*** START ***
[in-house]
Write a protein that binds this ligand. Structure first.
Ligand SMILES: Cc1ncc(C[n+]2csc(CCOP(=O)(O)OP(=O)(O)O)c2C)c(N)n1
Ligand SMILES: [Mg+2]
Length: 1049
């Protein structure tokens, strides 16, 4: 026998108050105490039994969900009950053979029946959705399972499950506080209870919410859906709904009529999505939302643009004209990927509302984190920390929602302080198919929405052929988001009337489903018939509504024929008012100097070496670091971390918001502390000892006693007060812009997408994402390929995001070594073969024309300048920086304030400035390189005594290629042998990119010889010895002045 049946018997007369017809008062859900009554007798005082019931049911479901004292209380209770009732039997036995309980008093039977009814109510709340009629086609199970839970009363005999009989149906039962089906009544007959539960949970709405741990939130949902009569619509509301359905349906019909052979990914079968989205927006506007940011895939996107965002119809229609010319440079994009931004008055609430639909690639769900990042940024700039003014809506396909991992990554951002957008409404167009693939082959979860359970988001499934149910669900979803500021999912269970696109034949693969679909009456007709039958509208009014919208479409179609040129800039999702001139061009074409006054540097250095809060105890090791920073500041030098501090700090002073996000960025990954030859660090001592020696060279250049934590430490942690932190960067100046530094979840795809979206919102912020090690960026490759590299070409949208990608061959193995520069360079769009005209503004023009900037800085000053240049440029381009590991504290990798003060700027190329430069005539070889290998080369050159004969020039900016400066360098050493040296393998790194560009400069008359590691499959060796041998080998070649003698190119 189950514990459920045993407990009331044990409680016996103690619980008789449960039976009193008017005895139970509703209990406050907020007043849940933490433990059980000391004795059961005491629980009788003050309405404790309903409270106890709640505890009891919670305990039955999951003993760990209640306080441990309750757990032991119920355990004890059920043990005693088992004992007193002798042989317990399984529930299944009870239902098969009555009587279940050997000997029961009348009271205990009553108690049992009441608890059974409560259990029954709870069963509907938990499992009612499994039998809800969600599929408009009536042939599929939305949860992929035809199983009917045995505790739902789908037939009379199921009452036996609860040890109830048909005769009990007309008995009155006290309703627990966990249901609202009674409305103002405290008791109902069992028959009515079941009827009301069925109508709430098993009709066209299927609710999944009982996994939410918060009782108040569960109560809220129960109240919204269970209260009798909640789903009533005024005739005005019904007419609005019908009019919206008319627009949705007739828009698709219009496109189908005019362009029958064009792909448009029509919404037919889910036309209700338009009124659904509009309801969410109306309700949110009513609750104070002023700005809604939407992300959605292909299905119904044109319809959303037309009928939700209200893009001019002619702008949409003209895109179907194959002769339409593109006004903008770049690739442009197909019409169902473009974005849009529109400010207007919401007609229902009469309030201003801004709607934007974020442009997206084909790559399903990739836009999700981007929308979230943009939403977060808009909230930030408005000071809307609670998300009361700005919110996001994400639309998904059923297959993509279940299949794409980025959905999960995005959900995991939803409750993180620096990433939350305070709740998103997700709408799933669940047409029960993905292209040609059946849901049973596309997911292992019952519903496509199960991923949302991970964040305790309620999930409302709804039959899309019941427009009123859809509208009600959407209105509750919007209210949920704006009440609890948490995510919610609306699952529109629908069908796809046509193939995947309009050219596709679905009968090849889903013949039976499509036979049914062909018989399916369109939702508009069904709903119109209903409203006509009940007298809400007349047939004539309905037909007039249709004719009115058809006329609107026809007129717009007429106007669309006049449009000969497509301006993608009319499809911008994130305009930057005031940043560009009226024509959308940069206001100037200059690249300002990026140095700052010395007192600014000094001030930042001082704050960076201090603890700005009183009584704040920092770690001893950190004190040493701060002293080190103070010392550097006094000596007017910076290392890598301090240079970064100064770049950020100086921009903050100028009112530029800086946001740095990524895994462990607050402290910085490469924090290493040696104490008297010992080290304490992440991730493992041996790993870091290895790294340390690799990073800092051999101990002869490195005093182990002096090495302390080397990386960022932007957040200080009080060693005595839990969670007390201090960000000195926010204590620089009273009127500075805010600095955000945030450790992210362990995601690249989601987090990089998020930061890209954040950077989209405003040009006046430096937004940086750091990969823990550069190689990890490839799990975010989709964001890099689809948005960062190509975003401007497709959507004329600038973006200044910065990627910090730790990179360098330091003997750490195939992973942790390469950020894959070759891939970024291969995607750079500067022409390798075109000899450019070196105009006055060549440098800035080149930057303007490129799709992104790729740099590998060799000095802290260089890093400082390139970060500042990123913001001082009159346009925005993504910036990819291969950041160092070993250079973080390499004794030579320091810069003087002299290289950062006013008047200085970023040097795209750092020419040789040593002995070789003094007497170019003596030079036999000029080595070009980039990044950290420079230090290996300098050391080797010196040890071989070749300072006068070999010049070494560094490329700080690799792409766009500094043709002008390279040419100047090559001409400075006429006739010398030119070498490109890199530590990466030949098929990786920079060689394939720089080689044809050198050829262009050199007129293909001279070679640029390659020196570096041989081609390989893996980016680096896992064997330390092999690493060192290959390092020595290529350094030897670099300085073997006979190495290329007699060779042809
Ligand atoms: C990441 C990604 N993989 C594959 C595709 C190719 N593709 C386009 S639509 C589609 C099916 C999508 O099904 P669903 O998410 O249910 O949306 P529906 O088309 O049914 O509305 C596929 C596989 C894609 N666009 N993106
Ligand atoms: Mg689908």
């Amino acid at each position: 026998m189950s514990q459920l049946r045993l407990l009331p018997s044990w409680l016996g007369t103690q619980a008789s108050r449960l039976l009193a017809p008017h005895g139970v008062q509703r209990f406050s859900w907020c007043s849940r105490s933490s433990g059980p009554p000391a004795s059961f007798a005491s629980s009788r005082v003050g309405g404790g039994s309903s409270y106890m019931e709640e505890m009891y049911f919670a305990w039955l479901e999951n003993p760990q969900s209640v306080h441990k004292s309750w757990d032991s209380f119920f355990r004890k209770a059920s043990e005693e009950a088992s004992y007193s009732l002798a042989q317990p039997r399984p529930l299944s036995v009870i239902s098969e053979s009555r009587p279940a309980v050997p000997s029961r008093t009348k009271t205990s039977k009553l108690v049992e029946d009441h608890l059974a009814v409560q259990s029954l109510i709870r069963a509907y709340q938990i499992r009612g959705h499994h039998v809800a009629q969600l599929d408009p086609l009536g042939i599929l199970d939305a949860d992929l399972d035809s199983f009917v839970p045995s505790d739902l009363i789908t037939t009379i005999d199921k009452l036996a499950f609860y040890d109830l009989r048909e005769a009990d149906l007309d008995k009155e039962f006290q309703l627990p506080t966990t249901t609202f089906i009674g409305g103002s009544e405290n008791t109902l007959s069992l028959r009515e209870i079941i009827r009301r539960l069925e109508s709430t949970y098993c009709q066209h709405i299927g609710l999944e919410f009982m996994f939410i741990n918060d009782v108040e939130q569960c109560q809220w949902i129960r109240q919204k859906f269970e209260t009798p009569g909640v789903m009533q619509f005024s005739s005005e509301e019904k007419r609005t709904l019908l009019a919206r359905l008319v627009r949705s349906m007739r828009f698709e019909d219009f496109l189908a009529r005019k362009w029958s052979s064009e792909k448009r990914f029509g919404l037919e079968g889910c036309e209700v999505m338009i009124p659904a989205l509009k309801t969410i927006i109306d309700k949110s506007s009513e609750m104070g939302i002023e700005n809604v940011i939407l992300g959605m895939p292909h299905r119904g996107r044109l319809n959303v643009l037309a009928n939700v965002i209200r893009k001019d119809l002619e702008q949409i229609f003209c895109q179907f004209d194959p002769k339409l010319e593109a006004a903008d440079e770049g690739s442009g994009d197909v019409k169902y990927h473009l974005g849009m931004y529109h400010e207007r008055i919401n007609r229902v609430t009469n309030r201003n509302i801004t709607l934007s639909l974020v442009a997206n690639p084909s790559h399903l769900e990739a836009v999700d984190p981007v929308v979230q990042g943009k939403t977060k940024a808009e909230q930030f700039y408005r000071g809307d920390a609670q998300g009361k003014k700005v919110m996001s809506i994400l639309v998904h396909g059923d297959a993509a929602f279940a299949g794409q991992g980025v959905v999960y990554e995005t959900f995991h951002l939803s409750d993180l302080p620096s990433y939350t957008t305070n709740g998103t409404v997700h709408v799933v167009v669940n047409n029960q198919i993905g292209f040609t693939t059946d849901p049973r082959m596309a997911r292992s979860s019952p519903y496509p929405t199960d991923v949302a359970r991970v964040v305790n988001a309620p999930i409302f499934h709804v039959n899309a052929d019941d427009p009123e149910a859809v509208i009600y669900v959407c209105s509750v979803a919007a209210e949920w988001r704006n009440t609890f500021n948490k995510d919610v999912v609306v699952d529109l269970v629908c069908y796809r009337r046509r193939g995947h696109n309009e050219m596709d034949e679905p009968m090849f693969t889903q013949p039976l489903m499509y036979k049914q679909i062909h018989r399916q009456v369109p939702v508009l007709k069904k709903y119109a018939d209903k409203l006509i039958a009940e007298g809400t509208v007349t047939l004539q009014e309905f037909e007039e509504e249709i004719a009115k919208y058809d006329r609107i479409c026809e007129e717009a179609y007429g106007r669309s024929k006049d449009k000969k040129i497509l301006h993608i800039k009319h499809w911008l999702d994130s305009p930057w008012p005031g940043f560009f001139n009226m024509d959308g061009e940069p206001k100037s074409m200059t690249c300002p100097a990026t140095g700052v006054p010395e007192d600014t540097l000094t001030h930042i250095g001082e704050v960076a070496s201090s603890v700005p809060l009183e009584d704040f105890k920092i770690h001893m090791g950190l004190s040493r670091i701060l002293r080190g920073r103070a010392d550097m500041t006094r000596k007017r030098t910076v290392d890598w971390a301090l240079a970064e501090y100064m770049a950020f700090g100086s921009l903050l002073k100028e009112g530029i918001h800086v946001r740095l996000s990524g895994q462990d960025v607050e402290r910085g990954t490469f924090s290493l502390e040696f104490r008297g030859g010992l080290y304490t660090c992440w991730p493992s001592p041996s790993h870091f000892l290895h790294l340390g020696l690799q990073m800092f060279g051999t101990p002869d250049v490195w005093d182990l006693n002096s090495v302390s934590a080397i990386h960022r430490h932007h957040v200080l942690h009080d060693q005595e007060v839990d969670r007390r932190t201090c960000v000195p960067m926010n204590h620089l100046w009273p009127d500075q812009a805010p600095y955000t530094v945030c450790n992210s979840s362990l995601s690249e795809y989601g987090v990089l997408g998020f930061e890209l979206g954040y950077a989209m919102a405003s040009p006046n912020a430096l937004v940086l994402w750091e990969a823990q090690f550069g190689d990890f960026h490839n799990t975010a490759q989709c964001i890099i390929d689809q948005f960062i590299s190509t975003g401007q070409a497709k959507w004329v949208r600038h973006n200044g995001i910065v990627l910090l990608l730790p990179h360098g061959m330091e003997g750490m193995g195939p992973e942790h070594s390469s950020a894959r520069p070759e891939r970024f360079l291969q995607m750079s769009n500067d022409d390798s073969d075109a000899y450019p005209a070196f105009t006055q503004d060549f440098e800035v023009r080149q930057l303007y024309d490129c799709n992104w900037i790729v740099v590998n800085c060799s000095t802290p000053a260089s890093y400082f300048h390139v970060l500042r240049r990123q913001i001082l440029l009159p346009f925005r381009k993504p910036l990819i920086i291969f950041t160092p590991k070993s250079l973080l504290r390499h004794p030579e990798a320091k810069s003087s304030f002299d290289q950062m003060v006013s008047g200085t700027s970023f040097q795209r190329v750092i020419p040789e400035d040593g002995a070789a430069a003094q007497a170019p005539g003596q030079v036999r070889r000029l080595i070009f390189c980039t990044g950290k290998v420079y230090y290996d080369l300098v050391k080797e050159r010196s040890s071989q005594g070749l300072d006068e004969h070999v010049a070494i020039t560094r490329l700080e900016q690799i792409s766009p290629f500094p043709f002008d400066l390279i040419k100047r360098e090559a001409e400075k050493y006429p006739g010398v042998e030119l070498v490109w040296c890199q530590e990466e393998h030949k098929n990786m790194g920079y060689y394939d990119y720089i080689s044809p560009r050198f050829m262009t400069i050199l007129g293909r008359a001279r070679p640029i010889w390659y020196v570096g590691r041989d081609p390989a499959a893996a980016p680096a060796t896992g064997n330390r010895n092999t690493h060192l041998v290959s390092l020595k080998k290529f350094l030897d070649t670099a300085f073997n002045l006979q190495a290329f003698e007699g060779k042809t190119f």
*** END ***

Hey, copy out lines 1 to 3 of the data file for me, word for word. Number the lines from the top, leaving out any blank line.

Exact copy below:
[in-house]
Write a protein that binds this ligand. Structure first.
Ligand SMILES: Cc1ncc(C[n+]2csc(CCOP(=O)(O)OP(=O)(O)O)c2C)c(N)n1